Music also plays a significant role in the intercultural nature of Crying Baby. By weaving traditional song, contemporary music and technology with language, sampled sound and a variety of instrumentation we create a synthesis drawn from contemporary and traditional life/ As well. the multi-screen video installation, shot by Aboriginal film maker, Katej man Warwick Thornton assists the weaving of contemporary and traditional stories.

Crying baby is an intercultural performance weaving contemporary, historical and djang (dreaming) stories from Western Arnhem land. The work is spun around a traditional orphan dreaming story and its resonance with the legacy of Mr Watson, the first white man in Arnhem land. These stories are told by Thompson Yulidijirri and interpreted by The Marrugeku Company in its stunning fusion of contemporary and traditional performance styles. Crying Baby is a large-scale outdoor work incorporating physical theatre, video and traditional Indigenous dance, music and storytelling. The production combines the work of Western Australian urban Indigenous and non-Indigenous dancers and musicians and Kunwinjku dancers, storytellers and musicians from Gunbalanya, Arnhem Land.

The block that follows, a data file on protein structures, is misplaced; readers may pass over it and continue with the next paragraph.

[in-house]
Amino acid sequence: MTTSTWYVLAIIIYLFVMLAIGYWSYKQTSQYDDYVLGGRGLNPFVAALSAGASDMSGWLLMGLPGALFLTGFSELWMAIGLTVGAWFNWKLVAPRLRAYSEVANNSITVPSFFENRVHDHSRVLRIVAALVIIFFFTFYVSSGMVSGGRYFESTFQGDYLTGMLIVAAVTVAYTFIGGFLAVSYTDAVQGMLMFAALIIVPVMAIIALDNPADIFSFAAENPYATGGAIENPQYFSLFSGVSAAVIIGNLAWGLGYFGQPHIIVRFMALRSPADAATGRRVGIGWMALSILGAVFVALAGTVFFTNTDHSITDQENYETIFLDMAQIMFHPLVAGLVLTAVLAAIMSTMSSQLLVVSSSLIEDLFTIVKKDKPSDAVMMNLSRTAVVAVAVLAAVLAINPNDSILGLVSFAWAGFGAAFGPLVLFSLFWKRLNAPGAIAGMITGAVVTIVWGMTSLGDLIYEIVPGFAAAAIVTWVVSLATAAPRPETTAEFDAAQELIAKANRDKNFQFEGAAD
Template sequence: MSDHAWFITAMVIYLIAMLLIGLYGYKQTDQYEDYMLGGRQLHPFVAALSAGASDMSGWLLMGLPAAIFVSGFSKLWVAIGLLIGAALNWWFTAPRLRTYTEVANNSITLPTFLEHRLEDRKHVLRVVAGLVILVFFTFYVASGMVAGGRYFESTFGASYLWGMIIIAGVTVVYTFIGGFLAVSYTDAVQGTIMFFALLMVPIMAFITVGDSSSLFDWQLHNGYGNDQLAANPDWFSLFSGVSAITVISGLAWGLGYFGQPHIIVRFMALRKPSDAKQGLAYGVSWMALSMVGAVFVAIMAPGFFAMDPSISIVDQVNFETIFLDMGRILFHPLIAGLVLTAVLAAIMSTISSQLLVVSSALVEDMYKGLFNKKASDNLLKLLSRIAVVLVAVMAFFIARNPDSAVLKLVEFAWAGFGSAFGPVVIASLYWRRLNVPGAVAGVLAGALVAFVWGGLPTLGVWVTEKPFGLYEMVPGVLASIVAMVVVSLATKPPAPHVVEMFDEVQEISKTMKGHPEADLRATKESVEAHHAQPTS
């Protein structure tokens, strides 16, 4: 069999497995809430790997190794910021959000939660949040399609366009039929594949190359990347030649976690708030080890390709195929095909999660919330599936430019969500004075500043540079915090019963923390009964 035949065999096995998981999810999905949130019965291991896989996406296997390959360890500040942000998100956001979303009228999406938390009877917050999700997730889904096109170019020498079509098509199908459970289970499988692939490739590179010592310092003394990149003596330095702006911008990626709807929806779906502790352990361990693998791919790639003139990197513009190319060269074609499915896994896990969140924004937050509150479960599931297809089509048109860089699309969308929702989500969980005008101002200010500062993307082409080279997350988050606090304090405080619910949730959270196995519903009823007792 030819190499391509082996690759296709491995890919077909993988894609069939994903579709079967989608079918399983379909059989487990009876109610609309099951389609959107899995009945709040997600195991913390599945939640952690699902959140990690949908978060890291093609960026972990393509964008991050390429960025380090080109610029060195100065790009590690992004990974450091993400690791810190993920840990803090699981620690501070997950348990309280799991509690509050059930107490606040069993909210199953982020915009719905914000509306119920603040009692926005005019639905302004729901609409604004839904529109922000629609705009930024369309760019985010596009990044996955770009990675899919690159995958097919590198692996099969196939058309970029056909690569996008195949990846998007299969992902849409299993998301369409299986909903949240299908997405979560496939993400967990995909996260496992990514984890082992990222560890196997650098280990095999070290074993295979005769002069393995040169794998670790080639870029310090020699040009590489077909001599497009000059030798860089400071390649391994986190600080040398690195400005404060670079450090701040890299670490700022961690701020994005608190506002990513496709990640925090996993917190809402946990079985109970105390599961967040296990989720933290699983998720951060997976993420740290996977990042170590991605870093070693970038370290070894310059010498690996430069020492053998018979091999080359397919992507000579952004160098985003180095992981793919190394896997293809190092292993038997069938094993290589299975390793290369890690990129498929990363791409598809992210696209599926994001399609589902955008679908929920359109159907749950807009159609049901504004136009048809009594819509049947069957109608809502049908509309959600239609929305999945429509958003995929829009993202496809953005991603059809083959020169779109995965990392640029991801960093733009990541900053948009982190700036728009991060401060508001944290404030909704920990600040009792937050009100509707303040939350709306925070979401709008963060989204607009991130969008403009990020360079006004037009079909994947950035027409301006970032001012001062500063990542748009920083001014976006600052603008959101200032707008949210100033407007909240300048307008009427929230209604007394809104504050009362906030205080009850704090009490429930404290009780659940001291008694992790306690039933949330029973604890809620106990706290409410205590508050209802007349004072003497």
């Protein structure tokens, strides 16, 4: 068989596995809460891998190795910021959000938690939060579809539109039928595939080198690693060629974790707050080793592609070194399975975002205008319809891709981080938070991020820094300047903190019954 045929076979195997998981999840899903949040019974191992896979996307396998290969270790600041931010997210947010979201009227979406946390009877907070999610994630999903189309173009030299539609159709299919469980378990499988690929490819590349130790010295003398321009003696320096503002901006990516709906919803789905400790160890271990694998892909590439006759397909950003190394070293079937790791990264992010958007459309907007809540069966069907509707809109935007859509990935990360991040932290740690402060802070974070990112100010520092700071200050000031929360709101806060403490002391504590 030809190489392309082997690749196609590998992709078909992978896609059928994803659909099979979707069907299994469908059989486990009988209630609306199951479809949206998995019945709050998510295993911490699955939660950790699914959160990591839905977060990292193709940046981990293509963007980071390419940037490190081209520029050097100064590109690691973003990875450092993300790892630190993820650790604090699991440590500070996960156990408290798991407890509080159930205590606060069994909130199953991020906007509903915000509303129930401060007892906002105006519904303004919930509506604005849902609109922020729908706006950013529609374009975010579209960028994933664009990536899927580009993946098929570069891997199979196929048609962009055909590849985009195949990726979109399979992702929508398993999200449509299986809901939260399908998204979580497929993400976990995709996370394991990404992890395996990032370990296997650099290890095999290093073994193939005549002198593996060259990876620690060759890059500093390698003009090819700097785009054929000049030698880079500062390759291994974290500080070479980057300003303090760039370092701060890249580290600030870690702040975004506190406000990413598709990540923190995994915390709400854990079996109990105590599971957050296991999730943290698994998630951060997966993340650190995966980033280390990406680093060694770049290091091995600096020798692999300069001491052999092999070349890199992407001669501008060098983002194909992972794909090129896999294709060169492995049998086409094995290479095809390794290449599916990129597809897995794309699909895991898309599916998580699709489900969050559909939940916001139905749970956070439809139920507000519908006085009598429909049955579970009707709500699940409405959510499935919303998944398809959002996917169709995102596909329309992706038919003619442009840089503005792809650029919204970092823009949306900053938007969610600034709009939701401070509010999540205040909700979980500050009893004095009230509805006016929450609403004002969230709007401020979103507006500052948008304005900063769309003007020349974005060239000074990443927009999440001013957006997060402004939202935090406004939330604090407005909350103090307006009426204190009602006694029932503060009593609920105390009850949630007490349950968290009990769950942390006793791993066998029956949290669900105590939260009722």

Crying Baby gives dynamic theatrical form to the experiences of a young nation occupying the land of an ancient culture. The performance explores issues of cultural identity, of blurred edges between story, history and dreaming which challenge our understanding of ourselves on the edge of the 21st century.

“First thing I can say, I think it’s gamak (very good) that new story and old story go together. I will start with Crying Baby, this place, somewhere behind Coopers Creek. The story starts at Croaker Island, finishes up at Gapari. That little boy, he was crying, all the time crying, all the time crying for food. If you let that little boy crying all the time, little boy will make rainbow come, will kill you all. Like this mob, white man came and take children away, might be I can’t see them when they grow, they go away from mother and father, no one looking after them. I draw that story in that book. White man collect all them children. Take away, never come back. We have to look after them kid, or then that rainbow angry, coming to kill all”